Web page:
Additive Effects

Research confirms that combining neurotoxin with hyaluronic acid fillers can enhance and prolong desired effects, but more study is needed to understand the mechanisms of action.
Additive Effects

A recent study from researchers at Ondokuz Mayis University, Samsun, Turkey, published in Plastic and Reconstructive Surgery (January 2016), concluded that combination treatment with botulinum toxin type A (BTX-A) and hyaluronic acid (HA) fillers slowed the degradation of the filler.

“Those of us working in aesthetic medicine often couple neurotoxin and HA dermal fillers in the same appointment,” says Steven Fagien, MD, an oculoplastic surgeon based in Boca Raton, Florida. “Our experience has shown us that patients benefit from combining the two treatments. Effects are synergistic and additive. Many of us have written about these effects over the years.”

Jean and Alastair Carruthers, MD, were the first to present data supporting these clinical observations over a decade ago (Dermatol Surg; 2003; 29: 802–809). In December 2013, researchers from the department of dermatology at Northwestern University further documented the positive effects of combining these two injectables with a randomized, split-face study of 20 subjects comparing the safety and effectiveness of treatment of forehead and glabellar lines with BTX-A alone versus BTX-A and HA filler. They concluded that “Combination treatment may provide a slightly better cumulative benefit and also increase the persistence of effect.”

Of the most recent study from Turkey, Dr. Fagien says, “This small, experimental study corroborates what we see in our practices. The working hypothesis is that by reducing movement through the use of a neurotoxin we stabilize the hyaluronic acid implant, which allows the effects of the HA to last longer—but I don’t think this is the whole story.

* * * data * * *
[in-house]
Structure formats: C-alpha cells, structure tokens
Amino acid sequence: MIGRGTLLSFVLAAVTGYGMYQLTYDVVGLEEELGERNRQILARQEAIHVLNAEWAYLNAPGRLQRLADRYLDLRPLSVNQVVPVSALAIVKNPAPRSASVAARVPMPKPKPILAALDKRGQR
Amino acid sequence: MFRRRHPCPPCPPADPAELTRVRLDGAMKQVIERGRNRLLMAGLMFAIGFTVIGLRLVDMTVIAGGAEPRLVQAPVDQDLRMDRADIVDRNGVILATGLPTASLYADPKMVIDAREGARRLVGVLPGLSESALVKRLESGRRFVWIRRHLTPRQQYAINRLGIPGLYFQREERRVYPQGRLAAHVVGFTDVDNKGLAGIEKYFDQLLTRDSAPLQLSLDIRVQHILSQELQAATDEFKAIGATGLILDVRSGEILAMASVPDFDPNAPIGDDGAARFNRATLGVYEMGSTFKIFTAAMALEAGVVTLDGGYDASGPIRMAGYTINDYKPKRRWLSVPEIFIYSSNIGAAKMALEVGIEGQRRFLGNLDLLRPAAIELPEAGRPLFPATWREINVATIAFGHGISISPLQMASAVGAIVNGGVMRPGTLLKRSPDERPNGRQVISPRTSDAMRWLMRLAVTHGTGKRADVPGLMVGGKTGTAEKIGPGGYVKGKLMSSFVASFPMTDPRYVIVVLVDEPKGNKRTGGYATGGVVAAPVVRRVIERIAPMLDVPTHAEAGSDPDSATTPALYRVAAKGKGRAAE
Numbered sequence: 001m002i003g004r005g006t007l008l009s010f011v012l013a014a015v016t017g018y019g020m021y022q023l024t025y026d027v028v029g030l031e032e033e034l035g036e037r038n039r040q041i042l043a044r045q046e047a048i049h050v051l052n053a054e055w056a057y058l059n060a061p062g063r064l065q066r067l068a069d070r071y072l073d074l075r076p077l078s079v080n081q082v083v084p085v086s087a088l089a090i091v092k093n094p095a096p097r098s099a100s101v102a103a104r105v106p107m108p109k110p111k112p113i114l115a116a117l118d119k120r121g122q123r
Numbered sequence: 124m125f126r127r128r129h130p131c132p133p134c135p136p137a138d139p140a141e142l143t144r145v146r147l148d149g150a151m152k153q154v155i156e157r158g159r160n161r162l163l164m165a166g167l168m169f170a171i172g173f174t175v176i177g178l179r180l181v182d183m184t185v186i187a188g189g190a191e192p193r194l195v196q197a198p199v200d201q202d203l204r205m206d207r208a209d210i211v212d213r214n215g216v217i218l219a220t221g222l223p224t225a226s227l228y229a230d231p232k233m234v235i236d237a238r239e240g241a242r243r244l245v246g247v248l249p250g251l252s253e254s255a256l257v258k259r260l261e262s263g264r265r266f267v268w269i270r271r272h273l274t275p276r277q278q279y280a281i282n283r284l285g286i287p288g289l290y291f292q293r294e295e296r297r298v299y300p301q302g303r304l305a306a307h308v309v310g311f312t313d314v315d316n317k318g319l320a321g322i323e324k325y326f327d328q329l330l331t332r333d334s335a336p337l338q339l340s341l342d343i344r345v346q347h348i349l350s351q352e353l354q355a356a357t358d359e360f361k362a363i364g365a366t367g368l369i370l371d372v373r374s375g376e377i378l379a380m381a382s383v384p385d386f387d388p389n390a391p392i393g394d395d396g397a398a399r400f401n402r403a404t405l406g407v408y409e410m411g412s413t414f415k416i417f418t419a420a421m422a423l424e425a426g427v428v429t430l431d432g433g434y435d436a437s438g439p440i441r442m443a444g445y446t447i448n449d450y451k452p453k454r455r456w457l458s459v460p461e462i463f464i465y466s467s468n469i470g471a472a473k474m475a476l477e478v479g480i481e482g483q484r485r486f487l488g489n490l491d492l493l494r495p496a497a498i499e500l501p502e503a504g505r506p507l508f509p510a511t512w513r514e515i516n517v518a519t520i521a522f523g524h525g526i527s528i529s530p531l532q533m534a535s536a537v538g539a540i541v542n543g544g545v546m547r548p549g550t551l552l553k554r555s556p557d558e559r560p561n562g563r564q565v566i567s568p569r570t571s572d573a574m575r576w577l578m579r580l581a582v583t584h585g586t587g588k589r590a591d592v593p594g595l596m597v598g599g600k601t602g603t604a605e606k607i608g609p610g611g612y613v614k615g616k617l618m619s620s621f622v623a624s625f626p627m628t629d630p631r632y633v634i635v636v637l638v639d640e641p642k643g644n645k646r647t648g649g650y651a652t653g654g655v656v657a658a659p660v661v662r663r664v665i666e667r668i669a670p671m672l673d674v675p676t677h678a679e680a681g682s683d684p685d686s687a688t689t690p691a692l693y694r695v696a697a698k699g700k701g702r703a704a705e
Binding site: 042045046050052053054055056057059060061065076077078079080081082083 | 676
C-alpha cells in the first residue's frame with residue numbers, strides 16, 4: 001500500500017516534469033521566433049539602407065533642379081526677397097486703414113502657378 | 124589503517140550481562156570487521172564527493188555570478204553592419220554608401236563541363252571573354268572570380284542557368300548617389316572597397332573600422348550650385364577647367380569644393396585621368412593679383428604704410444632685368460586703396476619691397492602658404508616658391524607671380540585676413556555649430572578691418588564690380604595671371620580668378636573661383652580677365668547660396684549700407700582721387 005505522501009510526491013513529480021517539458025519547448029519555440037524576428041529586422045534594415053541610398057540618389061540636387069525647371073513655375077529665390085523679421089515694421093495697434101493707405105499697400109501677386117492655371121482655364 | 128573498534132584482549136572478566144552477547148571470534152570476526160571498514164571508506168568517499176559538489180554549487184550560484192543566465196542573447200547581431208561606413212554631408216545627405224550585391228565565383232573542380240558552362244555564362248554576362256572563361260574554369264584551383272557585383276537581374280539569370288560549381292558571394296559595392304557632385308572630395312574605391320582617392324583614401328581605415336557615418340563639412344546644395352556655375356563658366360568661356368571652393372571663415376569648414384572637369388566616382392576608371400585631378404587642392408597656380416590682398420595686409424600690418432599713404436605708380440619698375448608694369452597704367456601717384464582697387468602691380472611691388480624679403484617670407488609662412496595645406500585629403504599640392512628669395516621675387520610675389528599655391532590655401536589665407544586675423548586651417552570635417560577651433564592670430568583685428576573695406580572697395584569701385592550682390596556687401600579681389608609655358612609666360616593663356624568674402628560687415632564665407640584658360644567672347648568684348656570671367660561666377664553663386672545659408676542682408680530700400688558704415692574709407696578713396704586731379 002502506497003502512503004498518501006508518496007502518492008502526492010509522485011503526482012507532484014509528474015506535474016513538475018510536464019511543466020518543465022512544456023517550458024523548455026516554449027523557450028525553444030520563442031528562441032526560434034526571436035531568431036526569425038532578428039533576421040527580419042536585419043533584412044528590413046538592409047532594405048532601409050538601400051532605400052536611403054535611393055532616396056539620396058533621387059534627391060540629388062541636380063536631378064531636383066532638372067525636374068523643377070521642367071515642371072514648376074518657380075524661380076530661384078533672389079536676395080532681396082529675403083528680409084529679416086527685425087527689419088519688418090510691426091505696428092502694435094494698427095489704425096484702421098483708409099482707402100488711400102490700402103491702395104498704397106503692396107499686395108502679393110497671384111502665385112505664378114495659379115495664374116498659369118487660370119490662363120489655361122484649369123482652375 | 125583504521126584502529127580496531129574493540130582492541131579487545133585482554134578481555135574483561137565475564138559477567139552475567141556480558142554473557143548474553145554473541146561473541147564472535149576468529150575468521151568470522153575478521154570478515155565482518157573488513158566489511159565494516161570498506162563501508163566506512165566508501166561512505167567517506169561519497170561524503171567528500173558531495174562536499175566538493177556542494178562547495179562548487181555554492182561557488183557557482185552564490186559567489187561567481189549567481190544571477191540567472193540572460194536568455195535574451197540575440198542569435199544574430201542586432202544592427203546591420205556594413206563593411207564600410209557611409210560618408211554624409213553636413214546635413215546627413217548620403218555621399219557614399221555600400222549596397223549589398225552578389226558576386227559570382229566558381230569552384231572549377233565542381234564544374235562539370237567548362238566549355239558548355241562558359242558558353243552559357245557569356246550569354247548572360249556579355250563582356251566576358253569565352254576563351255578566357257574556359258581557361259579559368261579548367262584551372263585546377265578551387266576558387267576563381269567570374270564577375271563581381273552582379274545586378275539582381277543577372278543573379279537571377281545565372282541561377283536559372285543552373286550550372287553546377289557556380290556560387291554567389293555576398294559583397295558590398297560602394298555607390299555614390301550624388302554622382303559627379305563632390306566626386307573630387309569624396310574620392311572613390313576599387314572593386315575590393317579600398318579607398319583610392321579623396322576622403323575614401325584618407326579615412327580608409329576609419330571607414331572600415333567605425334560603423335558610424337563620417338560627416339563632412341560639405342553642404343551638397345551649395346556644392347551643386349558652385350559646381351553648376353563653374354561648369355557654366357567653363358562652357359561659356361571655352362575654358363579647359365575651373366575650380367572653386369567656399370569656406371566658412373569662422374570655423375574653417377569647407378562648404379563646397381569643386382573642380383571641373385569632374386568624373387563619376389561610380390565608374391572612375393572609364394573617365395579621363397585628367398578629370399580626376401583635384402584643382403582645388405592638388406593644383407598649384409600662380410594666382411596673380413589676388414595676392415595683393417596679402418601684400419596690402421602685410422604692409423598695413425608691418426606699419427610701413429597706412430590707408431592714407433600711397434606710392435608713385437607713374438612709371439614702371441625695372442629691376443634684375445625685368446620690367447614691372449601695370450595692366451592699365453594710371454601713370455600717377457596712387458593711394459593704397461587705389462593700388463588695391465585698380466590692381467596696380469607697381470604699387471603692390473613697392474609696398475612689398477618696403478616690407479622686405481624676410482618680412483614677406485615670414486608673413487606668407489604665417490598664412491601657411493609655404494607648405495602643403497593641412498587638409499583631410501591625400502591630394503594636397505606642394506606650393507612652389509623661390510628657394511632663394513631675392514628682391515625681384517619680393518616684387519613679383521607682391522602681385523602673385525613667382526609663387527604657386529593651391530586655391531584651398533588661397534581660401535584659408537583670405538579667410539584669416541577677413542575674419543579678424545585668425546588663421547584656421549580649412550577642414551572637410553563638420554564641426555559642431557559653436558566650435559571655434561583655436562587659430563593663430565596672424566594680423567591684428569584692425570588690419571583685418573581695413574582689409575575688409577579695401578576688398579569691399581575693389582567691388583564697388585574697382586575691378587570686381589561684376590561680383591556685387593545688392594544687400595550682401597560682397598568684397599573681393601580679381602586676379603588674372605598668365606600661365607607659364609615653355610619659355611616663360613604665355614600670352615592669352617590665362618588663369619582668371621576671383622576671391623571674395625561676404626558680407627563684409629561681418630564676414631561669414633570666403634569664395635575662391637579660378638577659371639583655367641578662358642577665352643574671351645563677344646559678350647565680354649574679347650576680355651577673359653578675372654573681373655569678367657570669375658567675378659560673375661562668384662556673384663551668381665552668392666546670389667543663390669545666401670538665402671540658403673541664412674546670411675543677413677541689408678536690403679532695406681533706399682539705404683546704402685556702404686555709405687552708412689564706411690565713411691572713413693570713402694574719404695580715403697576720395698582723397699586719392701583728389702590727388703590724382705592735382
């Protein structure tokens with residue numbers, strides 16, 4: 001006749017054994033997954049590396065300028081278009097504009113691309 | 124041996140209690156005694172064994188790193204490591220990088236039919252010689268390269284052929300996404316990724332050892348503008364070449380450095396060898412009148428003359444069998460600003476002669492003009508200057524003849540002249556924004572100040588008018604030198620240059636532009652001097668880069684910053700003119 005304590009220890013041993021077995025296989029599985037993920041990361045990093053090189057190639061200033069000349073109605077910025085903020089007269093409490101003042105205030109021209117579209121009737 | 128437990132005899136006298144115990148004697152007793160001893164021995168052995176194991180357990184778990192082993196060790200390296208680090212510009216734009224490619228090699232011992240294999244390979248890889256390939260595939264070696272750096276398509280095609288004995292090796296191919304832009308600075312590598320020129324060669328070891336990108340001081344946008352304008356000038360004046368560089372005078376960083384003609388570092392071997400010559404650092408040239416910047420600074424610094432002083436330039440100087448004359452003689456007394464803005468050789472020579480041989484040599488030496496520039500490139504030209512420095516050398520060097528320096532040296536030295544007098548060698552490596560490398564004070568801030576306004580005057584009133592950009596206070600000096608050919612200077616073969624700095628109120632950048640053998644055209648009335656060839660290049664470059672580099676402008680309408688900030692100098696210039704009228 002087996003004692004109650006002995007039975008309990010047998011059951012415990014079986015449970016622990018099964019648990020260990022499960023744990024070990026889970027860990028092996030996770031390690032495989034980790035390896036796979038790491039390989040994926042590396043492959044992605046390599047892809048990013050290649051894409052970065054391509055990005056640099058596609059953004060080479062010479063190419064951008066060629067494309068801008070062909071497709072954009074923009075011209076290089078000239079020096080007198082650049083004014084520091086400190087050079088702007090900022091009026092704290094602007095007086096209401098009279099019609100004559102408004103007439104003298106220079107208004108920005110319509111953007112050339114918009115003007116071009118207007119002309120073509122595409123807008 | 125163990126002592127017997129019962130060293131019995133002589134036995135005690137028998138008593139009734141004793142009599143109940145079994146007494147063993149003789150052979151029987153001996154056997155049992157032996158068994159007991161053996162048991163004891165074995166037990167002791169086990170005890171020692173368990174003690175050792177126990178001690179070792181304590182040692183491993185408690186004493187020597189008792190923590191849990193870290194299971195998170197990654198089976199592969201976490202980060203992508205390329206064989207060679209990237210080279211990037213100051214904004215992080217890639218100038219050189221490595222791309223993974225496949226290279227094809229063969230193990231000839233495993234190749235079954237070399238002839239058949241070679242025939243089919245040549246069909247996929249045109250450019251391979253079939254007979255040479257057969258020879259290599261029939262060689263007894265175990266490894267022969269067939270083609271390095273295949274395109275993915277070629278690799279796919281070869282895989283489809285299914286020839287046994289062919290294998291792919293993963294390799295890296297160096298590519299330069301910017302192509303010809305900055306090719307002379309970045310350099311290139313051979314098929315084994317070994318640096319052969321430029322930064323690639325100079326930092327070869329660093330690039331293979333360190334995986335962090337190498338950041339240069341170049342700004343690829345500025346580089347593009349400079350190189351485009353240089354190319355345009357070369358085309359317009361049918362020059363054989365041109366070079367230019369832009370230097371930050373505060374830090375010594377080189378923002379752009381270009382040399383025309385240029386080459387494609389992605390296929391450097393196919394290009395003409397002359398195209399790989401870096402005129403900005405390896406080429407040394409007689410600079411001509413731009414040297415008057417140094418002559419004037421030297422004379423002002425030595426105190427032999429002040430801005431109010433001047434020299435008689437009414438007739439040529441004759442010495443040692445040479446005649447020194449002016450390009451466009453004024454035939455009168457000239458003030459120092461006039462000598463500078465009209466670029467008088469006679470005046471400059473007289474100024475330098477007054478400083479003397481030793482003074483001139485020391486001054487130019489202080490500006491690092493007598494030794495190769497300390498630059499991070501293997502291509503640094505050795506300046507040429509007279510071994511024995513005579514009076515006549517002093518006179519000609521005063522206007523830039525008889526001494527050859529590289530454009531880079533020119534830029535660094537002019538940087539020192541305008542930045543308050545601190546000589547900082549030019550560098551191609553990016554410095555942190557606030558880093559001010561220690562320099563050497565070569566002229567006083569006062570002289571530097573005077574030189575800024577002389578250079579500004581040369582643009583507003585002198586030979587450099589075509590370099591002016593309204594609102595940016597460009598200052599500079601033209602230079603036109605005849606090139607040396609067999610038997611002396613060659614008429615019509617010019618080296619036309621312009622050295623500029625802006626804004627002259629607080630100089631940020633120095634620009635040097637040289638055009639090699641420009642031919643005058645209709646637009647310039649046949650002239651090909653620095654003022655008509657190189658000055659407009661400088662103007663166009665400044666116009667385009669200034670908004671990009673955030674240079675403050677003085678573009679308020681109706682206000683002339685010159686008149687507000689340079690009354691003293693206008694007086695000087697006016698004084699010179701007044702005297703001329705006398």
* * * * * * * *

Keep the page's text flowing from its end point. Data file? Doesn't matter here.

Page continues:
“We do know that filler injected into areas where there is more movement, like around the mouth, does not last as long,” he continues, “but there is more to it than the reduction of movement. The effects of both BTX-A and HA go far beyond their original intent. In addition to denervation, BTX-A has an effect on glands, the skin in general and wound healing, and HA does more than just add volume. It stimulates elastogenesis, providing effects that last much longer than originally believed. A University of Michigan study showed that HA injections stimulated fibroblasts to produce Type I collagen in aging skin (J Invest Derm; 2013; 133: 658–667). And not all HA fillers are the same; each product works a little differently. There is a lot more we need to know about the biological effects of HA.”

“I use botulinum toxin to help minimize underlying musculature contractions in a few specific areas where fillers might be placed, such as the glabella or perioral area,” says dermatologist Joel L. Cohen, MD, director of AboutSkin Dermatology and DermSurgery in Englewood, Colorado. “I also sometimes use BTX-A before repairing some skin cancer defects in the forehead or glabella—and sometimes the lateral canthus, especially if the defect is large, tight or in a highly dynamic spot where chemo-immobilization may help. There are studies to support both of these uses, and newer studies suggest BTX-A may offer other effects, such as on cytokines and chemokines to help decrease scarring.”

The number of BTX-A and HA injections has exploded over the past 15 years, and dozens of new products have been made available to aesthetic practices. Practitioners are increasingly aware of the synergistic effects of combined treatments, but little research is being done to help them determine which are best for specific indications.

“For facial rejuvenation, monotherapy makes no sense at all,” says Dr. Fagien. “Practitioners can’t use just one modality. My colleagues were shocked when I suggested recently that neurotoxin use would drop over the next few years, but my reasoning is that we will use less than we once did because we have more options. We once used neurotoxins everywhere on the face because it was the one tool we knew would produce an effect. But less movement is not always the best goal. Instead of denervation, it may be better to fortify the skin so that animation produces fewer dynamic wrinkles. More research is needed on how best to do this.”

Linda W. Lewis is the contributing editor of MedEsthetics.

Photo copyright Getty Images.